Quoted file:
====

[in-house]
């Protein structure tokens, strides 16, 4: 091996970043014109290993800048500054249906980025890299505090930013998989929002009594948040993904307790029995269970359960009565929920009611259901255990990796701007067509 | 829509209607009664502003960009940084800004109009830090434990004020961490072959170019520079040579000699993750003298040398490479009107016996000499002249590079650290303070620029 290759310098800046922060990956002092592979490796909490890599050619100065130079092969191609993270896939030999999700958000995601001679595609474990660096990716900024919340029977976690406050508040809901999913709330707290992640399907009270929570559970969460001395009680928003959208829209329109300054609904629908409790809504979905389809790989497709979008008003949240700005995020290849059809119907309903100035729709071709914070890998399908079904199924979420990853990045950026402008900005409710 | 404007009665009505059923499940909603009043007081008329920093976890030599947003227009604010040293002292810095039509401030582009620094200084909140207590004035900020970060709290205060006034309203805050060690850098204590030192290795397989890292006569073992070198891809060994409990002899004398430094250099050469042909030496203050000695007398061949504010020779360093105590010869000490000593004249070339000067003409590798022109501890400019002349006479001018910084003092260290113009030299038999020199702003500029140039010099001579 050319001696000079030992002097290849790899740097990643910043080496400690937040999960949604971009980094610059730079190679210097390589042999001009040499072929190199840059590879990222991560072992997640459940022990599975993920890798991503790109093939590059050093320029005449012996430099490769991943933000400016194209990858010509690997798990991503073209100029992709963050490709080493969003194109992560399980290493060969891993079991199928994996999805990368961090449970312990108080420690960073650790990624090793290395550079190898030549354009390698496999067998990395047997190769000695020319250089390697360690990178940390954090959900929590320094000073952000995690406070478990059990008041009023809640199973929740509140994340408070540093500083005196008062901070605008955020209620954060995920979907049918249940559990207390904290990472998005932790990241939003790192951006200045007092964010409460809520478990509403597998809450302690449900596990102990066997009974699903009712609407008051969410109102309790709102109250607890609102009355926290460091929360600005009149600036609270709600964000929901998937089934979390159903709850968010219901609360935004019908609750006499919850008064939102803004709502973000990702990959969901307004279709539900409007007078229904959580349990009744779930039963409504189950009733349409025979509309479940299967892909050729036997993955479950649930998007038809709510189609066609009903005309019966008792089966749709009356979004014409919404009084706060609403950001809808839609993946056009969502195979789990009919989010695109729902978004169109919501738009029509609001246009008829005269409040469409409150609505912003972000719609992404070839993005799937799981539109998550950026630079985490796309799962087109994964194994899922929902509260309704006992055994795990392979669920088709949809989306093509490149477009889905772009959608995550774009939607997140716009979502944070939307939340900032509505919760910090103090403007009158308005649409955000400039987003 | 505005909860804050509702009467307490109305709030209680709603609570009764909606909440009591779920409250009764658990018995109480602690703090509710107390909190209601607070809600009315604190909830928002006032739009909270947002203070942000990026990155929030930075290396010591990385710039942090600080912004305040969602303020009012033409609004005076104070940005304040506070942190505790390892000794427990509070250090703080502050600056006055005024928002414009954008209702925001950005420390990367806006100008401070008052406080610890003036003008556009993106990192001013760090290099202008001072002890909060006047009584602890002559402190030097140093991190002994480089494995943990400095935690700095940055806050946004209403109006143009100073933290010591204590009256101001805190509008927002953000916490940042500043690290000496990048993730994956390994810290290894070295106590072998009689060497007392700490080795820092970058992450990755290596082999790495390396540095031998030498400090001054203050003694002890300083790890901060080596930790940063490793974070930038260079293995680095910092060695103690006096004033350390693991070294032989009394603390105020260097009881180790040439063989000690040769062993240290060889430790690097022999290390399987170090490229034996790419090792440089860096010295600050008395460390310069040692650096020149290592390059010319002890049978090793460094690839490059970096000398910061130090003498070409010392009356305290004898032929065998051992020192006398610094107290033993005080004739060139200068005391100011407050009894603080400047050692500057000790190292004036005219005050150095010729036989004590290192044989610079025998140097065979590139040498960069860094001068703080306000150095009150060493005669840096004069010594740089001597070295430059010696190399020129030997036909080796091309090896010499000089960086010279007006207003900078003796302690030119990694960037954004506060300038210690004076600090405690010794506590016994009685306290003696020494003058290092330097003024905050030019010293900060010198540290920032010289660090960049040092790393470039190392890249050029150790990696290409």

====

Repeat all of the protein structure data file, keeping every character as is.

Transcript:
[in-house]
């Protein structure tokens, strides 16, 4: 091996970043014109290993800048500054249906980025890299505090930013998989929002009594948040993904307790029995269970359960009565929920009611259901255990990796701007067509 | 829509209607009664502003960009940084800004109009830090434990004020961490072959170019520079040579000699993750003298040398490479009107016996000499002249590079650290303070620029 290759310098800046922060990956002092592979490796909490890599050619100065130079092969191609993270896939030999999700958000995601001679595609474990660096990716900024919340029977976690406050508040809901999913709330707290992640399907009270929570559970969460001395009680928003959208829209329109300054609904629908409790809504979905389809790989497709979008008003949240700005995020290849059809119907309903100035729709071709914070890998399908079904199924979420990853990045950026402008900005409710 | 404007009665009505059923499940909603009043007081008329920093976890030599947003227009604010040293002292810095039509401030582009620094200084909140207590004035900020970060709290205060006034309203805050060690850098204590030192290795397989890292006569073992070198891809060994409990002899004398430094250099050469042909030496203050000695007398061949504010020779360093105590010869000490000593004249070339000067003409590798022109501890400019002349006479001018910084003092260290113009030299038999020199702003500029140039010099001579 050319001696000079030992002097290849790899740097990643910043080496400690937040999960949604971009980094610059730079190679210097390589042999001009040499072929190199840059590879990222991560072992997640459940022990599975993920890798991503790109093939590059050093320029005449012996430099490769991943933000400016194209990858010509690997798990991503073209100029992709963050490709080493969003194109992560399980290493060969891993079991199928994996999805990368961090449970312990108080420690960073650790990624090793290395550079190898030549354009390698496999067998990395047997190769000695020319250089390697360690990178940390954090959900929590320094000073952000995690406070478990059990008041009023809640199973929740509140994340408070540093500083005196008062901070605008955020209620954060995920979907049918249940559990207390904290990472998005932790990241939003790192951006200045007092964010409460809520478990509403597998809450302690449900596990102990066997009974699903009712609407008051969410109102309790709102109250607890609102009355926290460091929360600005009149600036609270709600964000929901998937089934979390159903709850968010219901609360935004019908609750006499919850008064939102803004709502973000990702990959969901307004279709539900409007007078229904959580349990009744779930039963409504189950009733349409025979509309479940299967892909050729036997993955479950649930998007038809709510189609066609009903005309019966008792089966749709009356979004014409919404009084706060609403950001809808839609993946056009969502195979789990009919989010695109729902978004169109919501738009029509609001246009008829005269409040469409409150609505912003972000719609992404070839993005799937799981539109998550950026630079985490796309799962087109994964194994899922929902509260309704006992055994795990392979669920088709949809989306093509490149477009889905772009959608995550774009939607997140716009979502944070939307939340900032509505919760910090103090403007009158308005649409955000400039987003 | 505005909860804050509702009467307490109305709030209680709603609570009764909606909440009591779920409250009764658990018995109480602690703090509710107390909190209601607070809600009315604190909830928002006032739009909270947002203070942000990026990155929030930075290396010591990385710039942090600080912004305040969602303020009012033409609004005076104070940005304040506070942190505790390892000794427990509070250090703080502050600056006055005024928002414009954008209702925001950005420390990367806006100008401070008052406080610890003036003008556009993106990192001013760090290099202008001072002890909060006047009584602890002559402190030097140093991190002994480089494995943990400095935690700095940055806050946004209403109006143009100073933290010591204590009256101001805190509008927002953000916490940042500043690290000496990048993730994956390994810290290894070295106590072998009689060497007392700490080795820092970058992450990755290596082999790495390396540095031998030498400090001054203050003694002890300083790890901060080596930790940063490793974070930038260079293995680095910092060695103690006096004033350390693991070294032989009394603390105020260097009881180790040439063989000690040769062993240290060889430790690097022999290390399987170090490229034996790419090792440089860096010295600050008395460390310069040692650096020149290592390059010319002890049978090793460094690839490059970096000398910061130090003498070409010392009356305290004898032929065998051992020192006398610094107290033993005080004739060139200068005391100011407050009894603080400047050692500057000790190292004036005219005050150095010729036989004590290192044989610079025998140097065979590139040498960069860094001068703080306000150095009150060493005669840096004069010594740089001597070295430059010696190399020129030997036909080796091309090896010499000089960086010279007006207003900078003796302690030119990694960037954004506060300038210690004076600090405690010794506590016994009685306290003696020494003058290092330097003024905050030019010293900060010198540290920032010289660090960049040092790393470039190392890249050029150790990696290409």